My fellow West Virginians, make no mistake, the State of our State is strong. We pay our bills on time and we've invested in our future by continuing to work together as we face future challenges. We will not impose financial burdens on future generations. In fact, our reserve fund is one of the healthiest in the nation.

We did not get here by accident--we got here with planning, patience and foresight. Our Rainy Day fund has a savings of over $920 million and it has helped protect and improve the state's credit rating for over 20 years.

Source: 2014 West Virginia State of the State speech Jan 8, 2014

Pat McGeehan: Real crisis is $17T in debt and future unfunded liabilities

In October, the US Congress again raised the debt limit. Much of the media immediately praised the action, as the shut-down "crisis" was finally over, and the government re-opened for business. However, little attention was given to the real crisis.

Within 24 hours of this debt resolution sailing through the Congress, over $350 billion were borrowed--and the government's debt now officially stands well over $17 trillion. This is to say nothing of the untold trillions of dollars in unfunded liabilities the American taxpayer is expected to cover well into the future. As staggering as these numbers may be, very few in Washington DC understand the magnitude of this national dilemma.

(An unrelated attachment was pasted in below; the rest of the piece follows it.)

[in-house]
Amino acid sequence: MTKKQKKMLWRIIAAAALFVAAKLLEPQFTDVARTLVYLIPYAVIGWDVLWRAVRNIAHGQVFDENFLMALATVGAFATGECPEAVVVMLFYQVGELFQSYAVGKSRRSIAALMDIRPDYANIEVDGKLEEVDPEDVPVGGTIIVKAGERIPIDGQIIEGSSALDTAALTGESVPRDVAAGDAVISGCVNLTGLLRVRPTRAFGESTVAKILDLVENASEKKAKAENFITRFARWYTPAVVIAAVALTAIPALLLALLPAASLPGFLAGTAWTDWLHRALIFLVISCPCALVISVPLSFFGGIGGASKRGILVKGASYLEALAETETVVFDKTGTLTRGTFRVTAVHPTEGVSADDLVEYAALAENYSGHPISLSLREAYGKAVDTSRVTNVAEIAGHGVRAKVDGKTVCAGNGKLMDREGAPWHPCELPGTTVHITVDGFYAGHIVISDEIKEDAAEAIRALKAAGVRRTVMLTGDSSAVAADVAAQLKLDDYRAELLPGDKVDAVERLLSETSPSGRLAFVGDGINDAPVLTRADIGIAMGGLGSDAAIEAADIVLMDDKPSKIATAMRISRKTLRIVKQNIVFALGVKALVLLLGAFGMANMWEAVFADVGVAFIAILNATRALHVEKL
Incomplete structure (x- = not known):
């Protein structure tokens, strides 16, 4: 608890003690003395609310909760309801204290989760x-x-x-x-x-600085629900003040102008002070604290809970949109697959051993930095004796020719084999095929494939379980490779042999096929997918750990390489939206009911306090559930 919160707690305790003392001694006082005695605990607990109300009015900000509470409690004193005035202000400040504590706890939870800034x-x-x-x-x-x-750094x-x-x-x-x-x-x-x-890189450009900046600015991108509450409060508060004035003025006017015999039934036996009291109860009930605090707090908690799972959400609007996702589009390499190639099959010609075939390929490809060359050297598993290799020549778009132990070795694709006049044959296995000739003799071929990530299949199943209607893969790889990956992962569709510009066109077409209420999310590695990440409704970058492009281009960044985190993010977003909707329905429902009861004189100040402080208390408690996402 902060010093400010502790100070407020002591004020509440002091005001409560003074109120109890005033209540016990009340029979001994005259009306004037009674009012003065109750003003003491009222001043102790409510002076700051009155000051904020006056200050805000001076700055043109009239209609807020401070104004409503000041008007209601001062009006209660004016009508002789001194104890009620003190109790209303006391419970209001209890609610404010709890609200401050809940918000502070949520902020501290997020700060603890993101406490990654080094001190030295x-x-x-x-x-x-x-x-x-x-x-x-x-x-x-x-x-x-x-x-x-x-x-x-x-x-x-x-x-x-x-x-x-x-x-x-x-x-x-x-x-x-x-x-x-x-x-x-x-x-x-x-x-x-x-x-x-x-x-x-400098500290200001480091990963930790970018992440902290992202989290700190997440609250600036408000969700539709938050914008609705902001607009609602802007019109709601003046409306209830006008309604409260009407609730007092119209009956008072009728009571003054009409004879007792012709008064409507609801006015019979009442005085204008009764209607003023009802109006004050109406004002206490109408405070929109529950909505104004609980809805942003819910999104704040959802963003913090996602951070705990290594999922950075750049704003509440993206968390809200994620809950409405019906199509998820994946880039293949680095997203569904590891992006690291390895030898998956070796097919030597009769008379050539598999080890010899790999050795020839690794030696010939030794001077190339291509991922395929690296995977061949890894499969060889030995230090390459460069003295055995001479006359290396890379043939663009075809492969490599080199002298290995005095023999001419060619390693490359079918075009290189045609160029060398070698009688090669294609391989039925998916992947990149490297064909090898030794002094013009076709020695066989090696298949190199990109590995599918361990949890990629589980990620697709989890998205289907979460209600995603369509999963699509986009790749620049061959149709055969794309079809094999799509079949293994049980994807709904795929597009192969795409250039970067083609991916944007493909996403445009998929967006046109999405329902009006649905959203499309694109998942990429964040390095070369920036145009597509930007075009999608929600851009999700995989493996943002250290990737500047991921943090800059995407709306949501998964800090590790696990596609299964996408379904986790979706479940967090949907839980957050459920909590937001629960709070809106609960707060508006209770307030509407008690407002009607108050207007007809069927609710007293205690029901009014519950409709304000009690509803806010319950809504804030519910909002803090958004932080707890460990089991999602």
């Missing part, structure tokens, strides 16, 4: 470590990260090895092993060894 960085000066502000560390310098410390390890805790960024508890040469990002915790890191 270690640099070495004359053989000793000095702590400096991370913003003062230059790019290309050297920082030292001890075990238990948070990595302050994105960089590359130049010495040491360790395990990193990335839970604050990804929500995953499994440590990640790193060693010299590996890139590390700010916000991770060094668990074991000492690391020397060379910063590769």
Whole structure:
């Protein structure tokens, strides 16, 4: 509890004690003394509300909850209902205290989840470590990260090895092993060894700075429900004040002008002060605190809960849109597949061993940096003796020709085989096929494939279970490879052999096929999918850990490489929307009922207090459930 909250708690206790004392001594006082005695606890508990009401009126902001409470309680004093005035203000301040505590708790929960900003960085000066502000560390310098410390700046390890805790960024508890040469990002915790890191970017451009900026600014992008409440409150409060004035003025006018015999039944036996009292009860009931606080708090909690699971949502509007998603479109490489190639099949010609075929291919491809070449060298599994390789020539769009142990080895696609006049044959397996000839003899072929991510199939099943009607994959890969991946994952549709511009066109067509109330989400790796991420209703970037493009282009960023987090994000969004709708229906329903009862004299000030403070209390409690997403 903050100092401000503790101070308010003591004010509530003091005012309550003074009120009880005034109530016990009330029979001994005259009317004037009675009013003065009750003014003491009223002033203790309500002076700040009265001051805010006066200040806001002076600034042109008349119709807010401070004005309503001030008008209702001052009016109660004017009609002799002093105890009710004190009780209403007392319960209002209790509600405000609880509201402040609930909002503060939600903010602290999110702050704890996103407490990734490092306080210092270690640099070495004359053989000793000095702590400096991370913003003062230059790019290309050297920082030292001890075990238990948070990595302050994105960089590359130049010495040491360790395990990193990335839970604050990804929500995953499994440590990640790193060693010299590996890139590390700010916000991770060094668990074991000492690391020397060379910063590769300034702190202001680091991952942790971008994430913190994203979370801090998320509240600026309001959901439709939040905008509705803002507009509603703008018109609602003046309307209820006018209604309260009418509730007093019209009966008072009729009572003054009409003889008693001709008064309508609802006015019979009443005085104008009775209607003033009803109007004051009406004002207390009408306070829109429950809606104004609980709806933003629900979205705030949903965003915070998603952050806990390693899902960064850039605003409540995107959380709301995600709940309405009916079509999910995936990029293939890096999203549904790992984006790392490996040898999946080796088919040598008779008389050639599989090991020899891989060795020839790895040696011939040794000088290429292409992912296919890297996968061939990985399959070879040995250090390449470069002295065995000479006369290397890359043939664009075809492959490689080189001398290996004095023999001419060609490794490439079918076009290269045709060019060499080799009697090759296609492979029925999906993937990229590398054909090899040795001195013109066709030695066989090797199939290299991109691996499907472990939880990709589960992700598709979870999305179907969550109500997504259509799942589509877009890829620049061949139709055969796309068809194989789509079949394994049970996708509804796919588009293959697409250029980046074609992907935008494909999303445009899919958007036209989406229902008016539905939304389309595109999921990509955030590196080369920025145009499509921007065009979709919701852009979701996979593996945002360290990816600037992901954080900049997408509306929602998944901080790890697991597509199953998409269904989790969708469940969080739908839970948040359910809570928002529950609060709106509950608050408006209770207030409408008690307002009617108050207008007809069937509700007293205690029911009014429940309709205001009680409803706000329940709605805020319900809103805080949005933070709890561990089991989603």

This predicament grows even more dangerous [because the] deficit is no longer coming from real "borrowed" money. Very few foreigners are loaning money to the American government now; the largest buyer of American debt has now become the Federal Reserve.

Source: McGeehan in Huntington News: 2014 West Virginia Senate race Dec 8, 2013

Pat McGeehan: The Fed printing money for debt causes inflation

Where is all of this "borrowed" money coming from in Washington? Over the past several years, the largest buyer of American debt has now become the Federal Reserve, our country's central bank. To permit the federal government to desperately cling to spending money it doesn't have--last year alone, the Federal Reserve purchased over 75% of all US Treasury bonds. What does this mean?

When the Fed steps in as the "lender of last resort", and buys US government debt, new dollars are being created out of thin air. In essence, the only thing the Fed does have at its disposal is the printing-press, and this has become the new norm in Washington.